The Render conference, 21-22 April, that took place in Oxford, was an incredible experience! I’ve learnt so many new cool things and met amazing people.
The opening speaker was Bruce Lawson (@brucel), deputy CTO at Opera, who gave a very funny and entertaining talk on the challenges that the web is facing, in particular – native apps. Where web lost the battle against native is called the land of UX. Progressive web apps have so many advantages compared to native ones that it’s imperative to invest in very very good UX. Probably one of the biggest arguments supporting web is the app size. With limited memory on the device, a user would consider “hey, is this app more important than my photos collection?”. An example of the difference is an app that can be 1MB on web and 403MB implemented as native. Next, they live on the server, so there is no update distribution lag and they can now be functional offline, due to the service workers.
Speaking of service workers, another amazing talk came from Jake Archibald (@jaffathecake), developer advocate at Google. He gave a great walkthrough on how to use them in your app, with a visual confrontation in offline mode and very very slow Wi-Fi, which he called Lie-Fi. Lie-Fi is indeed even worse than Wi-Fi, since you get to stare at a white screen for an indefinite time. Whereas, when you’re offline, at least you get a message saying that you’re 100% offline, you’ve got no connectivity whatsoever. His talk made me realise just how important it is to think about offering users a good experience when they’re offline. You can always smartly cache, save their input and alert them that their actions have been successfully performed as soon as they’ll be connected again (e.g. Facebook messenger’s chat messages). For example, when I showed a friend of mine that he can play a Mario-like dinosaur game in Chrome, when he’s offline, he was fascinated. There is also a great short course on Udacity, my favourite MOOC platform, on offline web applications. It shall receive my full attention soon!
Even though I aim for simplicity in an app’s design, Val’s (@vlh) talk on integrating animation smartly was amazing! I had no idea how much you can achieve only with CSS and how much support there is in the browsers’ dev tools for testing and debugging them. Smart, subtle animations can make a huge difference to your app, compared to static elements. They come in and enhance the UX, without the users even noticing them and help communicate your business’ brand and personality. She also gave a great tip on the best book used by great animators and it comes from no one else but the masters of animations: 12 Principles of Animation from Disney : The Illusion of Life.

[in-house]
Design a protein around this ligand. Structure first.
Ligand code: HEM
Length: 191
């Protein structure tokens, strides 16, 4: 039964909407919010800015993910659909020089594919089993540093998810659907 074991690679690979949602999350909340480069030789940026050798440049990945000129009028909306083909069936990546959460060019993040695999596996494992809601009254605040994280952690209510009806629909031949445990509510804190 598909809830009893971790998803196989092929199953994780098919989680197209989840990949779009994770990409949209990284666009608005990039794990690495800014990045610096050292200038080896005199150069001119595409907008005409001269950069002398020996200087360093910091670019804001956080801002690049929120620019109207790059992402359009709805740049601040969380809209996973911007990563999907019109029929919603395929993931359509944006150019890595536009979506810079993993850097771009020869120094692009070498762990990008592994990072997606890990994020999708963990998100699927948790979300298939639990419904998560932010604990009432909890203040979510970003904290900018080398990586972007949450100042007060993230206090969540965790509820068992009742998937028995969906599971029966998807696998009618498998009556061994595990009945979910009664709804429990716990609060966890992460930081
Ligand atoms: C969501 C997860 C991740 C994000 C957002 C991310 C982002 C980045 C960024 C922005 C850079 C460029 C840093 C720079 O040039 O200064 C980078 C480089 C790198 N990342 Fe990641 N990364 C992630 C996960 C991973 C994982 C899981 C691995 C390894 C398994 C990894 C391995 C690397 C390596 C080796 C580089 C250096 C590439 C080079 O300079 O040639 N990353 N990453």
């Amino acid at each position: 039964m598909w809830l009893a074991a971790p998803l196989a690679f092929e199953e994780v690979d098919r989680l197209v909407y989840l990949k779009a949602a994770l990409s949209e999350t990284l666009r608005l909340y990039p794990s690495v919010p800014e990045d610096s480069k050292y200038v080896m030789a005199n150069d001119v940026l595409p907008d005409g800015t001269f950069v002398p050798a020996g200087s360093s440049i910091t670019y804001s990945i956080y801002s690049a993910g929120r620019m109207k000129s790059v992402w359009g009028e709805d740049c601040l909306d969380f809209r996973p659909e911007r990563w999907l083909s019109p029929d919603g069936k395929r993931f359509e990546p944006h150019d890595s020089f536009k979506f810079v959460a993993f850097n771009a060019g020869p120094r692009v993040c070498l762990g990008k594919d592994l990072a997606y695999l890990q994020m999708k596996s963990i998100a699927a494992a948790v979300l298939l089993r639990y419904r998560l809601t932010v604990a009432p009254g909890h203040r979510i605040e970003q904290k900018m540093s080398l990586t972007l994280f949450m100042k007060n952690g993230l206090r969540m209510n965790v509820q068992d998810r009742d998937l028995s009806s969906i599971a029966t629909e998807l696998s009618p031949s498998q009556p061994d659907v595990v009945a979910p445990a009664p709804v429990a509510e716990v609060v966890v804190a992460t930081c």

Another talk I liked was given by Alicia Sedlock (@aliciability) and it was on front-end testing. She went through all available options, including unit tests, automation, acceptance, visual regression, accessibility and performance testing. She emphasised the need to prioritise testing on the front-end side and offered examples of great tools for each category. Jeremy Keith (@adactio) also offered an incredible talk at the end of the conference, discussing resilience in the world of web. Emphasising progressive enhancement, his talk was a real inspiration for a young developer like me. He brought great arguments in favour of this approach, which is summarised in his slide below:
What was new at RenderConf was that, as a scholar, I’ve been assigned to a guide during the conference. I’ve had Seb (@seb_ly) as a guide, an amazing conference speaker, graphic designer, passionate about animation and building stuff from scratch. He showed me some of his coolest latest projects and I’ve been particularly impressed by this one on Laster Light Synths.
So these were the best moments I enjoyed from the 2-day conference, but there were much much more I can write about endlessly. I also had the chance to meet Todd Motto (@toddmotto) and after the conference, I started his course on Angular JS, which is absolutely incredible so far! I’ve been caught up with final coursework and exams, but I’ll finish it soon.